8. I think the cost in the "dumbed down" version is already extremely high. I even play with the Thermal Expansion ore doubler (I don't like it but then I just cannot ignore it either ), and still I run out of gold frequently and I haven't even built much so far. Maybe I give that hardmode a try some day... maybe even add Terrafirma Craft and start from there...
  9. I was playing around with OpenComputers the other day and built a robot with the absolute minimum specs, so basically the lowest possible setup you can craft. And to my surprise it wasn't even able to run, because it crashed with an out of memory error either during boot or right after it. I am not sure if this is an oversight or by design, as you could still put a very minimal self-made OS on a floppy to setup a computer for a very minor task. On the other hand, maybe the smallest RAM size should be upped to 256KB? I know I can just change it for myself in the config, but I am thinking abou
  10. I took the request to learn some OC coding and came up with this: http://pastebin.com/1HT8k0jn It does basically the same, except that it switches resolution to display the time as readable as possible on the screen (when outside the terminal) and it reacts on mouse clicks. If you start the program the resolution will be changed and the time can be started and stopped by clicking on it. Note that if you are not inside the terminal you can shift-right-click the time-text on the screen (must hit the actual text to work!). Press space (inside the terminal) to stop the program and reset the re
  11. On my way to learn OC I decided to write a simple clock program that displays the current ingame time on the screen. You can download it from pastebin: 29GbdXf4 If you run it, the resolution will be reduced so the time is displayed as big as possible when watching the screen block. If you press space the program is terminated (and the resolution reset). Also works as tutorial on events.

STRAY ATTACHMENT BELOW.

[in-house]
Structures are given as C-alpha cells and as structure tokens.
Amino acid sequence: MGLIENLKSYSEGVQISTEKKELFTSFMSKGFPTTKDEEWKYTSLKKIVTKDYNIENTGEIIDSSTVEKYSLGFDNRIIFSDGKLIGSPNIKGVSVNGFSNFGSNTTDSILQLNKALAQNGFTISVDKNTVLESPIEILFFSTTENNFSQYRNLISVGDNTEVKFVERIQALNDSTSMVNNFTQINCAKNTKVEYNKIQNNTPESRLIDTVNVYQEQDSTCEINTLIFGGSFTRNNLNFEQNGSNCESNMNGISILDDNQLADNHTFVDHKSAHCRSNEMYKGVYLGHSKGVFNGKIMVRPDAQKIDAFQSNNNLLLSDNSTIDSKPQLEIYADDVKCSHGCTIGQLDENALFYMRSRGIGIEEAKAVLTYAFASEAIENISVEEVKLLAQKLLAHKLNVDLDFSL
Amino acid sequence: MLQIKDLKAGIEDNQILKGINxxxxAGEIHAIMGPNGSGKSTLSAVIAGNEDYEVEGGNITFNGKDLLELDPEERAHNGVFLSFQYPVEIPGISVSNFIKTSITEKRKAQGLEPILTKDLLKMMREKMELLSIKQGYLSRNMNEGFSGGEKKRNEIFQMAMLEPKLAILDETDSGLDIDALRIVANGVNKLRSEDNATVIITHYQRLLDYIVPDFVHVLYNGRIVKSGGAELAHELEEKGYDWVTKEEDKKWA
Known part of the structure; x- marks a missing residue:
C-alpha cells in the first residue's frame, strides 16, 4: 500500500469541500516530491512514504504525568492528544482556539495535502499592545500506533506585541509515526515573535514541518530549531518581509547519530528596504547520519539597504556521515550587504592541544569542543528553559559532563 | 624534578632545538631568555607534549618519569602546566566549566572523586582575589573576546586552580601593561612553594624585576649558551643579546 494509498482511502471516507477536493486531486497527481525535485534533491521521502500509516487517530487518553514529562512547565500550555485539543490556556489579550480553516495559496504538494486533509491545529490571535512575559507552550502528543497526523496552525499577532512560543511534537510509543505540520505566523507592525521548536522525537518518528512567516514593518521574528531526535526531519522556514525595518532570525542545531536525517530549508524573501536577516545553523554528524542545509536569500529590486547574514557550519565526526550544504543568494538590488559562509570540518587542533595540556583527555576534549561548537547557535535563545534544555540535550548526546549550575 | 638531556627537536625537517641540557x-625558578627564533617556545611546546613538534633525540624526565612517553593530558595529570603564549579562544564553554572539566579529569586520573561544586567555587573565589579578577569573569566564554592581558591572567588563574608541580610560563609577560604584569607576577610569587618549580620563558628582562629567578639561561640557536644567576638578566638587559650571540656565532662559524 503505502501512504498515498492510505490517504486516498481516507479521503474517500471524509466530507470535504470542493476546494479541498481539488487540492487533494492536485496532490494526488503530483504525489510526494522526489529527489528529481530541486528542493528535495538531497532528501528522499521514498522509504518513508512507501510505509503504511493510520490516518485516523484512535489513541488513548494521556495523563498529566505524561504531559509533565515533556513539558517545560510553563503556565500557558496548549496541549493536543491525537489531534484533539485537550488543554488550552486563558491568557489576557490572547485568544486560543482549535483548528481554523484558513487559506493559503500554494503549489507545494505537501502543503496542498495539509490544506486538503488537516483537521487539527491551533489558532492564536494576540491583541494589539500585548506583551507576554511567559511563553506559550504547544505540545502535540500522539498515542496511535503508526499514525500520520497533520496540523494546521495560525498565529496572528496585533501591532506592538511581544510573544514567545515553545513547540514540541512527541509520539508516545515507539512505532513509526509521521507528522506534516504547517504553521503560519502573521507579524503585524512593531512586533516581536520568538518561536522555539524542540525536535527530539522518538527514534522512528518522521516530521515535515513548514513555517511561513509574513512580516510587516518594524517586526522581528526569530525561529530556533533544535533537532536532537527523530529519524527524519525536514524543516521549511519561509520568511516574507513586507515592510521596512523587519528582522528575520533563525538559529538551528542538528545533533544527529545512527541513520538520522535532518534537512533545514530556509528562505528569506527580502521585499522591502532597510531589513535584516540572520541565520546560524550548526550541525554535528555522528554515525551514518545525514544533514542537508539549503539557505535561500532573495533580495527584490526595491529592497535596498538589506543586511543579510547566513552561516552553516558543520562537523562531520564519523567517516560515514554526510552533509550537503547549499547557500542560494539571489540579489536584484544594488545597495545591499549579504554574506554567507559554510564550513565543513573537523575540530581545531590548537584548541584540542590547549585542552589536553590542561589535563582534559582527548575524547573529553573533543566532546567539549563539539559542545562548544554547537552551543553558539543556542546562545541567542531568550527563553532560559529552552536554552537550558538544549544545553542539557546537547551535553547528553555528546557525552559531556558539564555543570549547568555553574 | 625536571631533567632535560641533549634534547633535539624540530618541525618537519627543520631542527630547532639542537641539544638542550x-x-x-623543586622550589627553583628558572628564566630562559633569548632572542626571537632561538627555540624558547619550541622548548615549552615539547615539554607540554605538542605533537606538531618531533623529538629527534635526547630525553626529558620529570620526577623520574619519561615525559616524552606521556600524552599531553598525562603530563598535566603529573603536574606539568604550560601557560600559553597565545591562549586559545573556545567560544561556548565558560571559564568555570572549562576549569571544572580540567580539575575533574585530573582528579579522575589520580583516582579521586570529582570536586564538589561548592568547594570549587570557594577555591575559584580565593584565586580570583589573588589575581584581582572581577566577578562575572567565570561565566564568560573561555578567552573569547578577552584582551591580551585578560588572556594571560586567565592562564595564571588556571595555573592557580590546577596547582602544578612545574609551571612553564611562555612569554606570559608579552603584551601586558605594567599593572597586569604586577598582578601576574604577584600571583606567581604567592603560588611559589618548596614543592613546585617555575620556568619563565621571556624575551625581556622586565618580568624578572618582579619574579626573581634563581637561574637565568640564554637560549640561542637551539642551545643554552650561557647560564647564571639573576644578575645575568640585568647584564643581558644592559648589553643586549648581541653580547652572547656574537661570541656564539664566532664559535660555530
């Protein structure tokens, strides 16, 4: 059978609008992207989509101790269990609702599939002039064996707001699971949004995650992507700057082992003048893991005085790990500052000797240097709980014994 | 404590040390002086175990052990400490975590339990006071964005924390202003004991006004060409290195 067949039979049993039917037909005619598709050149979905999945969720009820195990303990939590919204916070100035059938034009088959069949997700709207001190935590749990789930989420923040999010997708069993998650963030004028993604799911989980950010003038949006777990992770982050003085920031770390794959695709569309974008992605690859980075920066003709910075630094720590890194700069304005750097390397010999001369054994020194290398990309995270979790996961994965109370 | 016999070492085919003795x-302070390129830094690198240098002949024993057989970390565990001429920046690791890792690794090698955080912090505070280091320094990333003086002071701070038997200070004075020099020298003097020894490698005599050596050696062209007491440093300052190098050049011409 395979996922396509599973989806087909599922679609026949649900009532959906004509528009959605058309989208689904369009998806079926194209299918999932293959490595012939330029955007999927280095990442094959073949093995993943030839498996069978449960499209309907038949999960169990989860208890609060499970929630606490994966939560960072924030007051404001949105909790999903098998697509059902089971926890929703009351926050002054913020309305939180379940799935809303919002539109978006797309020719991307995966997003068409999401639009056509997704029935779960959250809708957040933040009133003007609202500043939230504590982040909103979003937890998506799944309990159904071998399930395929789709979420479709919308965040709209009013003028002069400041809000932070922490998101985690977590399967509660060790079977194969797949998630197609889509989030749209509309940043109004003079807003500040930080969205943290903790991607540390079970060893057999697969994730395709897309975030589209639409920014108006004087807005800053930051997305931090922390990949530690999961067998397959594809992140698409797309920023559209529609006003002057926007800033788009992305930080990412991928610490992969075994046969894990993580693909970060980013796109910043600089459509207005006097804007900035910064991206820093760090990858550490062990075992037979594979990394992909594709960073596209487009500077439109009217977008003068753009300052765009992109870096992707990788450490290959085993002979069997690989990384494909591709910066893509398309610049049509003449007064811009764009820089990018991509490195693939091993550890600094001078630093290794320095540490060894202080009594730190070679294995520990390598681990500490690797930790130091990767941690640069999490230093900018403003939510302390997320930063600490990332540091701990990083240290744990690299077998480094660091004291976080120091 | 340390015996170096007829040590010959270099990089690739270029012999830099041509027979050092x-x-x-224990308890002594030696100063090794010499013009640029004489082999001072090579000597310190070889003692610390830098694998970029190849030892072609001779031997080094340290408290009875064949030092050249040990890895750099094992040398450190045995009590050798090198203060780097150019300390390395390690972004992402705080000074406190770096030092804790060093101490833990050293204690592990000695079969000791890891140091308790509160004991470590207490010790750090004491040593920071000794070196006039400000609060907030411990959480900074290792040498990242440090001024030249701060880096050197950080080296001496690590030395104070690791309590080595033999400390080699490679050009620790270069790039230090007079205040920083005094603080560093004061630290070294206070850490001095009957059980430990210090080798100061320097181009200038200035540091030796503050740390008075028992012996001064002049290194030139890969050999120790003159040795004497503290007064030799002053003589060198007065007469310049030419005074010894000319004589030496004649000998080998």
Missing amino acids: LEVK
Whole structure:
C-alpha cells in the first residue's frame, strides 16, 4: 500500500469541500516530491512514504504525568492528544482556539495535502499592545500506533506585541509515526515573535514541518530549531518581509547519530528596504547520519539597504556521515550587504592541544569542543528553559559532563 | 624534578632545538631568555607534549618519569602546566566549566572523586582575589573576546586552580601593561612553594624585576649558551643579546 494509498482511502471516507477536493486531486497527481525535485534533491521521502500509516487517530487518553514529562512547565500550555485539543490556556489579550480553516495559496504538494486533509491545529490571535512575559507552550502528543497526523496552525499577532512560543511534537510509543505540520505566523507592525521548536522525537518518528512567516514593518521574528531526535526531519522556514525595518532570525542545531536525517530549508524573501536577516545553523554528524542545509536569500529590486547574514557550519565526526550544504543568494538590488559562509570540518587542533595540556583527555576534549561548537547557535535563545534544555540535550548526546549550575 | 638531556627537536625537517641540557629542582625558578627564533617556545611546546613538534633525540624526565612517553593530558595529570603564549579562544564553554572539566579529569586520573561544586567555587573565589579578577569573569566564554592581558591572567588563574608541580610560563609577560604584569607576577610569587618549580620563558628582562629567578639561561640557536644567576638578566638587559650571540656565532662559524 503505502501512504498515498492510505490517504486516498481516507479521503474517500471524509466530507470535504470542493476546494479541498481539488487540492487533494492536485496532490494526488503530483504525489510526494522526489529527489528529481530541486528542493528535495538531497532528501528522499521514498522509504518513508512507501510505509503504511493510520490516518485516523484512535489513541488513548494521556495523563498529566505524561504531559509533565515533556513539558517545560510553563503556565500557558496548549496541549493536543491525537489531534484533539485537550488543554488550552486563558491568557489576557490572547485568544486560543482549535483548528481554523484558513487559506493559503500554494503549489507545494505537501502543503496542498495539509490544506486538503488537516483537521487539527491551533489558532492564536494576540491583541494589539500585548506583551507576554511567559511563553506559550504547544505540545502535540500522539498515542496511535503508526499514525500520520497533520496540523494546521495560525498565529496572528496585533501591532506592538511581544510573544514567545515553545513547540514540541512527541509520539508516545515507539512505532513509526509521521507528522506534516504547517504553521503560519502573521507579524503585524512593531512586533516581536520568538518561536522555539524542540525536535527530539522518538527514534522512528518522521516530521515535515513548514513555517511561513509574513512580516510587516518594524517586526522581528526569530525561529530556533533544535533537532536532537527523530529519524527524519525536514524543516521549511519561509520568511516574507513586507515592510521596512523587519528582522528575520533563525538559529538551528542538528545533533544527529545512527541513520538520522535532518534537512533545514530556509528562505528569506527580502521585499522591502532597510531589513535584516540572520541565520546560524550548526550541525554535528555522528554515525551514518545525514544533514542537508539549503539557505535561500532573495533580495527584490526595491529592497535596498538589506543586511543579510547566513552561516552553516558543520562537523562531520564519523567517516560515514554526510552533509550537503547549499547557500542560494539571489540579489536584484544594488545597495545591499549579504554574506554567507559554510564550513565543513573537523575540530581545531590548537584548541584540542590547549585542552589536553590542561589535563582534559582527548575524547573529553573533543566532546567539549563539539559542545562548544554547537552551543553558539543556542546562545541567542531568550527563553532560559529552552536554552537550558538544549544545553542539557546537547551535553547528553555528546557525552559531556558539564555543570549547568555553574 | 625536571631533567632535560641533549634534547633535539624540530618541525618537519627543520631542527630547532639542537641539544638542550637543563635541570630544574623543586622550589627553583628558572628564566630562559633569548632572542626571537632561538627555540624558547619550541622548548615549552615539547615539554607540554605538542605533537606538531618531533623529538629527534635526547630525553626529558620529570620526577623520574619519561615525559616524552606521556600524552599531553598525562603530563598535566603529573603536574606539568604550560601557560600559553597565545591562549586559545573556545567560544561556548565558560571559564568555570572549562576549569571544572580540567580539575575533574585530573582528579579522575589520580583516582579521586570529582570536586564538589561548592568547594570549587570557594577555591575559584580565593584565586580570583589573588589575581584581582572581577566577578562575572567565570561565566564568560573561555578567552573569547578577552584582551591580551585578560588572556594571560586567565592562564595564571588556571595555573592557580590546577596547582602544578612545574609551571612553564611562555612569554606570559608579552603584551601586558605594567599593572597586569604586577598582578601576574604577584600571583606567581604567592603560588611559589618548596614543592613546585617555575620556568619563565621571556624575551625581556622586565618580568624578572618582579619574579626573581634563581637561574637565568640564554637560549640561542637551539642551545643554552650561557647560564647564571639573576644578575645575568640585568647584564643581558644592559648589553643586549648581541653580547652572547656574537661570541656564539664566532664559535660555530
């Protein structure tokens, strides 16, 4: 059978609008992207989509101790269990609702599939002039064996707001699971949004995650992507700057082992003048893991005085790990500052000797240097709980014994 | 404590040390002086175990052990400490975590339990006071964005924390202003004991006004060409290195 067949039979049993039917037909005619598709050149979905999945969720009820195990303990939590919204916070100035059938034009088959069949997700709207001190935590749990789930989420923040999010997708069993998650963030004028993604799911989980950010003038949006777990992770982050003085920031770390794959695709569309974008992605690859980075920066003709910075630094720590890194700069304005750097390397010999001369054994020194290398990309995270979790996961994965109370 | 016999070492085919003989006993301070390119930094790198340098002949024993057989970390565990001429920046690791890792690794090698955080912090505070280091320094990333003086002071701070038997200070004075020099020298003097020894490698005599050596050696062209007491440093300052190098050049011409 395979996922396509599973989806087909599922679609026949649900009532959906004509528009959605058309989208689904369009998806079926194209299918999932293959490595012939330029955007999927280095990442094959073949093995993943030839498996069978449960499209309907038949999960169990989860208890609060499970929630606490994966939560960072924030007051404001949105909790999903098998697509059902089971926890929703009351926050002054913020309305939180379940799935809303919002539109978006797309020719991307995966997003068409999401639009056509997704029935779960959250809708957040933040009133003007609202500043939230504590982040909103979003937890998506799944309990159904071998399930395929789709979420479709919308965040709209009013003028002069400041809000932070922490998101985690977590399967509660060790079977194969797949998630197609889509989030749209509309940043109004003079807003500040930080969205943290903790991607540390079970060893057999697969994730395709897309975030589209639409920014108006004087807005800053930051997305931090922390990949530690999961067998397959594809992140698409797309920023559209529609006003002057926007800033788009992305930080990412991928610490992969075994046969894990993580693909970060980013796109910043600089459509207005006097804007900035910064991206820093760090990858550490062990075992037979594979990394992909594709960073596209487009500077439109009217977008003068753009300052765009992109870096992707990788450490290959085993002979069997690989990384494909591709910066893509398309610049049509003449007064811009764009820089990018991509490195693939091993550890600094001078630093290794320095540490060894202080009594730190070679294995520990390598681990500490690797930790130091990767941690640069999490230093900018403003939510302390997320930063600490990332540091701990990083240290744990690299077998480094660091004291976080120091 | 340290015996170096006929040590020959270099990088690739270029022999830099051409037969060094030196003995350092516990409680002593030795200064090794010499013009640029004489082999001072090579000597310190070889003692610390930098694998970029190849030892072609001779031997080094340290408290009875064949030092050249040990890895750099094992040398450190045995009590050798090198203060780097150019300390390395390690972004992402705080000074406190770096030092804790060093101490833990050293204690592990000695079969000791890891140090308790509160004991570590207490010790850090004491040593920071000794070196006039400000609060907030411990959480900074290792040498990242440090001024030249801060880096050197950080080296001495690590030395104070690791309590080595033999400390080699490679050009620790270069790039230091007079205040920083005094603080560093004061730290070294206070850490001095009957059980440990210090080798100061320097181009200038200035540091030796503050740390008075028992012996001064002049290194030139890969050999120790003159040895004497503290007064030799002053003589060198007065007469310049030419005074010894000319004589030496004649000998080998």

12. You are looping a creation of a table in your tankUpdate function, which should be handled by the GC, but is unnecessary. Replace line 36 with: if not tank then tank = {} endand line 43 with: if not tank[key] then tank[key] = {} endAlternatively create the structure once outside that loop if the tank components are fixed.
  13. Interesting way of playing OC: combine the work of others. Sadly OC isn't yet that popular as CC is, so the amount of code you can simply download is limited, however the influence of CC on OC is strong, so most turtle programs can be easily converted to robot code. It should even be possible to write a simple wrapper for the CC functions that remap them to OC robot functions. Maybe a project for someone with some time on his or her hands.
  14. I wonder why screen updates take so much bandwith? After all all you need to send is the screens content (easy way) or the delta (more difficult but even less data). But even sending the complete content is a minor amount of data that can as well be easily compressed to less what fits in 1-2 TCP/IP packets. Now if you limit those updates to 2 or 4 times a second the bandwith would be almost non-existent. So much for my imagination, what are the real reasons those had to be limited?